13 minutes | 3 months ago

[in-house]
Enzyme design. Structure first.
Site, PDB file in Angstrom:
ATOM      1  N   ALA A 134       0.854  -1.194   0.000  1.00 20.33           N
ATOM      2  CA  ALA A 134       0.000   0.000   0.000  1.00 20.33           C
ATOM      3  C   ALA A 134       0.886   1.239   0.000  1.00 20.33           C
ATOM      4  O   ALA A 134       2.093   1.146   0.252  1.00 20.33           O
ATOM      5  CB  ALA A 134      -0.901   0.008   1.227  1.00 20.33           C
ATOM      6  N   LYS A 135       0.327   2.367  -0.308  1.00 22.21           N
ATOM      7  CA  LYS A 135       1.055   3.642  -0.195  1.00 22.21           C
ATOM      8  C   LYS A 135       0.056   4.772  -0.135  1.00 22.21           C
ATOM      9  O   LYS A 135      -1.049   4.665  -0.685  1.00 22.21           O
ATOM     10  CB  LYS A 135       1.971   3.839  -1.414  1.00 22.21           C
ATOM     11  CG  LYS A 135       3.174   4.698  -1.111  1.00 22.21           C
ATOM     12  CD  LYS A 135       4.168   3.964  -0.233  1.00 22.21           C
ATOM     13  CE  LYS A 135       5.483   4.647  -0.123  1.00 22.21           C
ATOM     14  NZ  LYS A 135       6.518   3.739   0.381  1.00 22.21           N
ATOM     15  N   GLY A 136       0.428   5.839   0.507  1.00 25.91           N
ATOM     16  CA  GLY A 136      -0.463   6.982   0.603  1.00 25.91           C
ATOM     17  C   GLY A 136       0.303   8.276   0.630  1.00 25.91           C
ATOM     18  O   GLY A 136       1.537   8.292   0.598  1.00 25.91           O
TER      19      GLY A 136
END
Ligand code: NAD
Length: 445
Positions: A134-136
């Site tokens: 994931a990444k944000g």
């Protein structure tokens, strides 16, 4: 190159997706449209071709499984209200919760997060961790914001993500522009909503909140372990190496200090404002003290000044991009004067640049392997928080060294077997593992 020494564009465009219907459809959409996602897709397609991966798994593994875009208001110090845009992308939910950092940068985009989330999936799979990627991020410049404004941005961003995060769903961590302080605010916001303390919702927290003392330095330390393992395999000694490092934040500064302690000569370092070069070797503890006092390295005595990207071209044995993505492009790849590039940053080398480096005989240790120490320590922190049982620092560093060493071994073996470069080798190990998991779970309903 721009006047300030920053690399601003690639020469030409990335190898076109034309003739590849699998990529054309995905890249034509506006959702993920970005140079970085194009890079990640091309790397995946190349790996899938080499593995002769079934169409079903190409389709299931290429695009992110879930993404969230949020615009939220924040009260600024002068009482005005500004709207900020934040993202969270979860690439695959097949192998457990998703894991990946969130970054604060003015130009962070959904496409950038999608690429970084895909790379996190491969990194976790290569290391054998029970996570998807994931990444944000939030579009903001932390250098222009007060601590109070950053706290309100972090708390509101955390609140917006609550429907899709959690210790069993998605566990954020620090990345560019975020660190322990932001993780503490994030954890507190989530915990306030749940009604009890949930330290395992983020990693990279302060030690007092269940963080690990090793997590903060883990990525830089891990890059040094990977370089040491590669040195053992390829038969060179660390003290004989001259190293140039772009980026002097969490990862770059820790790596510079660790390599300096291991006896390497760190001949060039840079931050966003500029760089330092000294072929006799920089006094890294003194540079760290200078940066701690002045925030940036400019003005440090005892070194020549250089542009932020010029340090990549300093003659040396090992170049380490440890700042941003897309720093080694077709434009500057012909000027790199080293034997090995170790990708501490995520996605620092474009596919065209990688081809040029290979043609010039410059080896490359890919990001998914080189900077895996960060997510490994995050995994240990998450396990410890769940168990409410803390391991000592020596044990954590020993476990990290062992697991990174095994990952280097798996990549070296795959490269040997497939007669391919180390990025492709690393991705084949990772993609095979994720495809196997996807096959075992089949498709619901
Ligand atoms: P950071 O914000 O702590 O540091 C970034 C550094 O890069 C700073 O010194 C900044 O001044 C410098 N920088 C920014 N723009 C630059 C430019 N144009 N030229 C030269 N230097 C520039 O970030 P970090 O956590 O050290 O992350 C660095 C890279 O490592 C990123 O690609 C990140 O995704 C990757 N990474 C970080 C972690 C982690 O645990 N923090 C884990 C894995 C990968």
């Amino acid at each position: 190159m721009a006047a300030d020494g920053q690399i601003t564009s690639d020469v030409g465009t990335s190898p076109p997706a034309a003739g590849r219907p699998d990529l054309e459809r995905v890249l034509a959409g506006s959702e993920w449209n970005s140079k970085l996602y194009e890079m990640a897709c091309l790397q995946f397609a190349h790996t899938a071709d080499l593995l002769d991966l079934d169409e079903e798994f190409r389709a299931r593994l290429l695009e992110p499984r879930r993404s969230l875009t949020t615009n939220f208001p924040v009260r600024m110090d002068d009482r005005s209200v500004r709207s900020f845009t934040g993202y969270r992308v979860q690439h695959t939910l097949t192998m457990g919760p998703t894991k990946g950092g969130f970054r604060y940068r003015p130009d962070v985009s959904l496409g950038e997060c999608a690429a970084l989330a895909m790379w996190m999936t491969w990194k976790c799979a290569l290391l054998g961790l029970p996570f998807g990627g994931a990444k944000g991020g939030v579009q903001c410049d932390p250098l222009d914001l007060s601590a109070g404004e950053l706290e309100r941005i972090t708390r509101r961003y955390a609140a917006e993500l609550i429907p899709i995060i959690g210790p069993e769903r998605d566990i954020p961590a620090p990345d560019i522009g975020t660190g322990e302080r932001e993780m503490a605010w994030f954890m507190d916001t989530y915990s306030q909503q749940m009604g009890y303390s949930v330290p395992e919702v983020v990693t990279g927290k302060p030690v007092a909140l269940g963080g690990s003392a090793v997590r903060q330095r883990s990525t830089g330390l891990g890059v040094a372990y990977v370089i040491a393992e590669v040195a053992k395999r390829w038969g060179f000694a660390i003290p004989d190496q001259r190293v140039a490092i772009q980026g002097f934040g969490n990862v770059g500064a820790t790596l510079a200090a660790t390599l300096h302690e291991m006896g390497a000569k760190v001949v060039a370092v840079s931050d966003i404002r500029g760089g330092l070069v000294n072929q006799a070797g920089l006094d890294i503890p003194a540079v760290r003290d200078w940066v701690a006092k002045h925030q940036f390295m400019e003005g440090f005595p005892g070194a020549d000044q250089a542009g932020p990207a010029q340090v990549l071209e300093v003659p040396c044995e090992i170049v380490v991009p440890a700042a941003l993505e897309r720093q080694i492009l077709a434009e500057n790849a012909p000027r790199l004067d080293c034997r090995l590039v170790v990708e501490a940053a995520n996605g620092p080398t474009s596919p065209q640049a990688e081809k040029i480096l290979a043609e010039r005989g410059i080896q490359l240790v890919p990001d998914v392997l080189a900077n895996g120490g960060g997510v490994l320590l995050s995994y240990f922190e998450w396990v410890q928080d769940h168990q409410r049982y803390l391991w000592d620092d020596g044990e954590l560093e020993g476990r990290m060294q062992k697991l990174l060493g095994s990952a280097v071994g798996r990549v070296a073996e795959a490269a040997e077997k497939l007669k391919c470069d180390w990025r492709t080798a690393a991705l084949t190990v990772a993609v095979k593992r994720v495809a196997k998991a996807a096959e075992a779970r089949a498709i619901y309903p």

Episode 310: Mob Violence is Always Wrong